4 ways to take charge of iOS’s Background App Refresh feature

Not that long ago, iOS apps running in the background on your iPhone or iPad were essentially stuck in suspended animation, unable to do anything (besides trigger alerts via Apple’s “push notification” system) until you re-launched them and put them back on your display.

All of that changed a couple of years ago thanks to “Background App Refresh,” a feature introduced with iOS 7 that let third-party apps go out and pull new messages, headlines, status updates, and more from the Internet, even while they’re not actively running on your screen.

Of course, all those apps busily refreshing themselves can put a dent in the battery life of your iPhone or iPad, particularly if you’re not keeping an eye on which apps are doing the refreshing. Here are four ways you can manage this feature.

Find out which apps are refreshing themselves in the background

You might be surprised to learn which of your third-party iOS apps are refreshing themselves. Some of them are obvious: Facebook and Twitter, for example, can silently fetch status updates in the background; meanwhile, Gmail can grab new messages, CNN and New York Times will pull the latest headlines, and Pocket will save articles you’ve bookmarked on the web—and they can all do so whether they’re active on your handset’s screen or not.

Ben Patterson

If you see any apps that you don’t want refreshing themselves in the background, flip the appropriate switch to the “off” position.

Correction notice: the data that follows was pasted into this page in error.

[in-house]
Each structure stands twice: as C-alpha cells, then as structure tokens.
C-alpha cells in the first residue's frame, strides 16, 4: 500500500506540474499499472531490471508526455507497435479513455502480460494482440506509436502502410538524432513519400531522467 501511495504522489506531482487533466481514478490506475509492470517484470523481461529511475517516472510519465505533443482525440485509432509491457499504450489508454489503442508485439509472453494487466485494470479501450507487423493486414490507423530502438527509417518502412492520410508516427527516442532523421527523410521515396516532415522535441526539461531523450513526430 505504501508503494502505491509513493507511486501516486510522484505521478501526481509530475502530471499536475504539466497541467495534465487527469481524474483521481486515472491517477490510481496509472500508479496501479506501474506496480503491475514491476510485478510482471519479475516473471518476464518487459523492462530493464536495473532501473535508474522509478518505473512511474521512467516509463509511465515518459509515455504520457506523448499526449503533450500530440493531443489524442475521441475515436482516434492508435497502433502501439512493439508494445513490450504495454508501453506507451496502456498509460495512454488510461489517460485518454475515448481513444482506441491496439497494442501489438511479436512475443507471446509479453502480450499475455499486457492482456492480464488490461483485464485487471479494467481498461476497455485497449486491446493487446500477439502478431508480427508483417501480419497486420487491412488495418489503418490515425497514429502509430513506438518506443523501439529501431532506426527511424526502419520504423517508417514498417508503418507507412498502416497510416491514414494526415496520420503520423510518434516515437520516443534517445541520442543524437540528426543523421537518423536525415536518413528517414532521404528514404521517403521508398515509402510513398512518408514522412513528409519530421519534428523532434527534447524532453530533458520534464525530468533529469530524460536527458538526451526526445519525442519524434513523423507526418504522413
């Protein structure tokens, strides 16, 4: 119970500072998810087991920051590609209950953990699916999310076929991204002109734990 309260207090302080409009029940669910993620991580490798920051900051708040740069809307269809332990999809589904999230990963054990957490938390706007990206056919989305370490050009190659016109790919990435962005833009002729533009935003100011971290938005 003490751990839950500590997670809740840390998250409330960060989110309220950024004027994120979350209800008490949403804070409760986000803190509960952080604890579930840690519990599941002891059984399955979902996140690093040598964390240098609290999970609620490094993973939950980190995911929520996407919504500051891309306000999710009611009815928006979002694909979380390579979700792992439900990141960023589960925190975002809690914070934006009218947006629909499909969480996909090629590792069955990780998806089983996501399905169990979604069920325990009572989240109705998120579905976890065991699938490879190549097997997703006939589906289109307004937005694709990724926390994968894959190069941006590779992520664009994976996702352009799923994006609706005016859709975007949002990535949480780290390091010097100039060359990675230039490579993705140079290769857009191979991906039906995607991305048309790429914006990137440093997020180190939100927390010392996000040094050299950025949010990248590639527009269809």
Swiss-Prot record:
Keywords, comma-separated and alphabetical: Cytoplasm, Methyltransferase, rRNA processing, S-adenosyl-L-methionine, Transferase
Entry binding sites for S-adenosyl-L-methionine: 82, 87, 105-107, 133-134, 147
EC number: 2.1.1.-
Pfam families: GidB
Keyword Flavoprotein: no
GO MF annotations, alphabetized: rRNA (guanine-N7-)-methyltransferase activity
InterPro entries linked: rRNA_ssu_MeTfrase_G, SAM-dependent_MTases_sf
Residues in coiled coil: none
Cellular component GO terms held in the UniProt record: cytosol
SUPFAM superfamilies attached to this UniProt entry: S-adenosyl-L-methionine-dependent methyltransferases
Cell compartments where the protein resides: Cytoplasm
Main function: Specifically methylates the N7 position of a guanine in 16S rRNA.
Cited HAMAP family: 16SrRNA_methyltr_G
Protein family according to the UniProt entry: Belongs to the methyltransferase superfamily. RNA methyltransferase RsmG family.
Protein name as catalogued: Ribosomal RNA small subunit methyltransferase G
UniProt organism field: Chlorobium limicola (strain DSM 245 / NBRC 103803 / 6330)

That all sounds fairly reasonable, but then there’s Amazon’s shopping app, which can refresh itself in the background, too—and so can OpenTable (the app that lets you make restaurant reservations), iTunes Movie Trailers (the Apple app for watching movie previews), and the Amazon Kindle app.

Now, a case could be made for letting the Kindle app refresh itself (so that, perhaps, it can sync notes and bookmarks from another Kindle reader you recently used), but OpenTable? Seems like a stretch. Or it could be that you don’t feel the need for Facebook to grab new status updates until you launch it yourself.

In any case, it’s wise to check which of your iOS apps are background refresh-enabled, and to turn off the feature for any apps that (to your mind, at least) don’t need to be furiously refreshing themselves.

Tap Settings General Background App Refresh, then scroll down the list of apps. If you see anything that you don’t want refreshing itself in the background, go ahead and flip the appropriate switch to the “off” position.

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